John of Garland

John of Garland (b. c. 1185-d. c. 1272) was a master of the liberal arts who taught in the schools of thirteenth-century Paris and Toulouse (1229-1231). Of English origin, he studied at Oxford (1210-1213) under John of London, but spent most of his teaching career in France.  He is best-known for his handbook on the art of poetry (Parisiana poetria) and for his collection of miracle stories in honor of the Virgin Mary (Stella maris).  As the subjects of these two works suggest, his principal twin passions were poetry and praise of the Virgin, but he also wrote on grammar, lexicography, rhetoric, mythology, the history of England, including King Arthur, and the Crusades.  He was a lover of obscure vocabulary and complicated verse forms, making his poetry almost impossible to translate and nearly as difficult to edit.  His purpose in writing the works that he did was, however, above all to teach.  His Epithalamium beate virginis Marie, while primarily a theological treatise on the fall and redemption of humanity through the spiritual marriage of Christ and the Virgin, is a tour-de-force of philosophy, cosmology, psychology (dream theory), medicine (Galenic humoral theory), geography, botany, and sport (tournament).  He was particularly influenced by the works of Alain of Lille and the cosmological theories of the so-called school of Chartres; in turn (or so Antonio Saiani has argued), his poetical theories had a profound effect on Dante Alighieri.

For what is known of his biography in full, including his account of his time in Toulouse following the Albigensian crusade against the Cathars, see Thomas Wright, "Introduction," De triumphis ecclesiae, pp. v-xi; and Louis John Paetow, "Introduction," Morale scholarium, pp. 77-106. 

I am currently revising my translation of John's Epithalamium for publication.  Watch this space for further information on where it is going to appear!


1. Aequiuoca, many early printings from 1486.  Printed by J.-P. Migne as Opus synonymorum (Patrologia latina 150).

2. Ars lectoria ecclesiae siue Accentarius, ed. and trans. into French by Elsa Marguin-Hamon (Turnhout: Brepols, 2003).

3. Carmen de mysteriis ecclesiae (1245), ed. and trans. into German by Ewald Köngsen (Leiden: Brill, 2004).

4. Clavis compendii, ed. and trans. into French by Elsa Marguin-Hamon (Turnhout: Brepols, 2008).

5. Compendium grammaticae (1234), ed. Thomas Haye (Cologne: Böhlau, 1995).

6. De musica mensurabili, ed. Erich Reimer (Wiesbaden: F. Steiner, 1972); trans. into English by Stanley H. Birnbaum (Colorado Springs: Colorado College Music Press, 1978).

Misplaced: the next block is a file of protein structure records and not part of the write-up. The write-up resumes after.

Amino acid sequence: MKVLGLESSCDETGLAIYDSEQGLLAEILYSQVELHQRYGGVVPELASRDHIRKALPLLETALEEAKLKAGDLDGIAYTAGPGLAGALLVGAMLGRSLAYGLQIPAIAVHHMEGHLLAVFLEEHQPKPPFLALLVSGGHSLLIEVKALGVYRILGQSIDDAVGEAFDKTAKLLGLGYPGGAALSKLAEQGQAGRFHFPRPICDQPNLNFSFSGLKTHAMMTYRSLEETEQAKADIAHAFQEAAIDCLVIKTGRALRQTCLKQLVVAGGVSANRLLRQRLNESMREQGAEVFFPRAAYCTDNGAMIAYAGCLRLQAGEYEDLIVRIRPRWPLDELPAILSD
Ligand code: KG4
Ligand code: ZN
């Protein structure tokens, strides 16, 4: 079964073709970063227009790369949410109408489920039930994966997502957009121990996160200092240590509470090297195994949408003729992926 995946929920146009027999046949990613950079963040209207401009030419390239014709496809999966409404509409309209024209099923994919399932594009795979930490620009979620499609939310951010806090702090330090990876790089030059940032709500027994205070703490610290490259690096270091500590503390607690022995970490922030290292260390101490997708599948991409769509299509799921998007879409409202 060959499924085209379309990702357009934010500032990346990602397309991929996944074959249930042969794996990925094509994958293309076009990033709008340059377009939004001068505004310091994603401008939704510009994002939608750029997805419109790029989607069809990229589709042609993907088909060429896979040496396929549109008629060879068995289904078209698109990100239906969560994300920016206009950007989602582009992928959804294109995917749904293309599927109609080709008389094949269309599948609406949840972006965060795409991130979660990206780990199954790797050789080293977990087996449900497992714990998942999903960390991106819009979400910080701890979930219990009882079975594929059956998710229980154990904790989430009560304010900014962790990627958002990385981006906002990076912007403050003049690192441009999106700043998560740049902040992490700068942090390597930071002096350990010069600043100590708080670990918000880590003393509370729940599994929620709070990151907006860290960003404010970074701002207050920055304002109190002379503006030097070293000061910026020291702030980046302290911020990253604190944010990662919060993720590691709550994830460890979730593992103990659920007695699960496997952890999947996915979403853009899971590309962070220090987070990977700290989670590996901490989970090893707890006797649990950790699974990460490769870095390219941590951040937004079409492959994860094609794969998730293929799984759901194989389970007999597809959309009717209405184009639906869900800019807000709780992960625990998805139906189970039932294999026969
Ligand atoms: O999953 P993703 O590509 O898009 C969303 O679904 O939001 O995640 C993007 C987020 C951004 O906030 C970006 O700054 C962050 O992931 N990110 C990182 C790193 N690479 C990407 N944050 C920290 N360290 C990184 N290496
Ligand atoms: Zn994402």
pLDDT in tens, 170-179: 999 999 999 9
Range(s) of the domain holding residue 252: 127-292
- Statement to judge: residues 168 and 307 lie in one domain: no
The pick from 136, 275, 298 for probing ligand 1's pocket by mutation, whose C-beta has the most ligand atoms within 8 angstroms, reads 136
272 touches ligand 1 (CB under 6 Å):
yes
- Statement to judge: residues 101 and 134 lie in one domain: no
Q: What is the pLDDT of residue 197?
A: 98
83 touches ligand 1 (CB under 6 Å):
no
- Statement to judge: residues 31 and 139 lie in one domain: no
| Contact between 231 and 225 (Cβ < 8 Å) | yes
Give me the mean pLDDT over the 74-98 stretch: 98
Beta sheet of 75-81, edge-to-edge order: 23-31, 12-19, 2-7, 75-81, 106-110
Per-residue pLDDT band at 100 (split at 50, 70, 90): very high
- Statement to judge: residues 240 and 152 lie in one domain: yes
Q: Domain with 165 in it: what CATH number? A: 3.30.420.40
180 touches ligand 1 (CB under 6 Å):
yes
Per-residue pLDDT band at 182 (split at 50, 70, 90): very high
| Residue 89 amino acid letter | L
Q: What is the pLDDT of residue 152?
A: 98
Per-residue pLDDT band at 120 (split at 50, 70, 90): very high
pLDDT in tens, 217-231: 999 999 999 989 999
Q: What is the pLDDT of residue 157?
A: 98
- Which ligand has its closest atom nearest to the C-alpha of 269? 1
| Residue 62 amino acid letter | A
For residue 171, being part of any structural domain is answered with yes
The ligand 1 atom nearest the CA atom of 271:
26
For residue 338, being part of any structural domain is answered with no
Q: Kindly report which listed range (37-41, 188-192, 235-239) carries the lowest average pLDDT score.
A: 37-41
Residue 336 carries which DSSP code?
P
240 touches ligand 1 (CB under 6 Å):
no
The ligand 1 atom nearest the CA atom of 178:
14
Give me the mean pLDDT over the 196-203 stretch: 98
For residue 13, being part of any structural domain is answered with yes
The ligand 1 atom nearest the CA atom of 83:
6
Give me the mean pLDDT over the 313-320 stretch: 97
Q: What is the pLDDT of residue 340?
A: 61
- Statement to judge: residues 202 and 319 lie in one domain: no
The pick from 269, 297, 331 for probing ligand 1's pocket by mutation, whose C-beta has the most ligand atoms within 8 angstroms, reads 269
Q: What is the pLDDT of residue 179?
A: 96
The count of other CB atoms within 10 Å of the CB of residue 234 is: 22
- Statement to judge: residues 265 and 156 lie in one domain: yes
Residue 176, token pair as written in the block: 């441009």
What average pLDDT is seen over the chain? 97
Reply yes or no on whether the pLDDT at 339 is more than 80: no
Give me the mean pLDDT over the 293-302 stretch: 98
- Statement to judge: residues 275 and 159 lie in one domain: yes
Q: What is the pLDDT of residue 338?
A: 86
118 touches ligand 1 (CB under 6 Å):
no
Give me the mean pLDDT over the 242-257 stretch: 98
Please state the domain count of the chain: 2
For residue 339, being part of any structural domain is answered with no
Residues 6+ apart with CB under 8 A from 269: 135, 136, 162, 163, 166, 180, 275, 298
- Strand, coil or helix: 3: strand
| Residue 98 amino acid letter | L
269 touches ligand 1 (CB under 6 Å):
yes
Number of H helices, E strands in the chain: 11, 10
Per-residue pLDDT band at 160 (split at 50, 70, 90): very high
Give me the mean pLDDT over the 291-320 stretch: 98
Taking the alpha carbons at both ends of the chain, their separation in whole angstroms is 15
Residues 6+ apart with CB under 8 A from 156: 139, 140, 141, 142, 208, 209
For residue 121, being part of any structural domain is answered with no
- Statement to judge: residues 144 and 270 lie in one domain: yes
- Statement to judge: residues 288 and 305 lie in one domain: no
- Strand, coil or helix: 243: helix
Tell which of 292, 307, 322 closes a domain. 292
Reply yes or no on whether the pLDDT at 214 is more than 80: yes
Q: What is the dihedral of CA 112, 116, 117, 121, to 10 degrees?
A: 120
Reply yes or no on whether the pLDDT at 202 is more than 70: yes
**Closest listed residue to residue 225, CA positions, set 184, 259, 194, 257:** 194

7. De triumphis ecclesiae (1252), ed. Thomas Wright (London: J.B. Nichols & Sons, 1856).

8. Dictionarius, ed. Barbara Blatt Rubin (Lawrence, KS: Coronado Press, 1981).

9. Epithalamium beate virginis Marie (1220-21, published at Toulouse 1229), ed. and trans. into Italian by Antonio Saiani (Florence: Leo S. Olschki, 1995).

10. Exempla honestae uitae (c. 1258), ed. E. Habel, Romanische Forschungen 29 (1911): 131-54.

11. Integumenta Ovidii, ed. Fausto Ghisalberti (Messina: G. Principato, 1933).

12. Morale scholarium (1242), ed. Louis John Paetow (Berkeley: University of California Press, 1927).

13. Parisiana poetria de arte prosaica, metrica, et rhythmica, ed. and trans. into English by Traugott Lawler (New Haven: Yale University Press, 1974).

14. Stella maris (1248/9), ed. Evelyn Faye Wilson (Cambridge, MA: Wellesley College and the Medieval Academy of America, 1946).

15. Synonyma, many early printings from 1485.

Complete list with manuscripts: Richard Sharpe, A Handlist of the Latin Writers of Great Britain and Ireland before 1540, with Additions and Corrections (Turnhout: Brepols, 1997), pp. 253-57.

More manuscripts: G.L. Bursill-Hall, "Iohannes de Garlandia--forgotten grammarian and the manuscript tradition," Historiographica linguistica 3 (1976): 155-77; "Iohannes de Garlandia.  Additional manuscript material," Historiographica linguistica 6 (1979): 77-86.

Excerpts of grammatical works: Tony Hunt, Teaching and Learning Latin in 13th-Century England, 3 vols.  (Rochester, N.Y.: D.S. Brewer, 1991), 1:136-51, 191-231, 323-48, 395-99; and 2:125-73.


A.G. Rigg, A History of Anglo-Latin Literature, 1066-1422 (Cambridge: Cambridge University Press, 1992), pp. 163-176.

Evelyn Faye Wilson, "A Study of the Epithalamium in the Middle Ages: An Introduction to the Epithalamium beate Marie virginis of John of Garland," Ph.D. dissertation (University of California, Berkeley, 1930).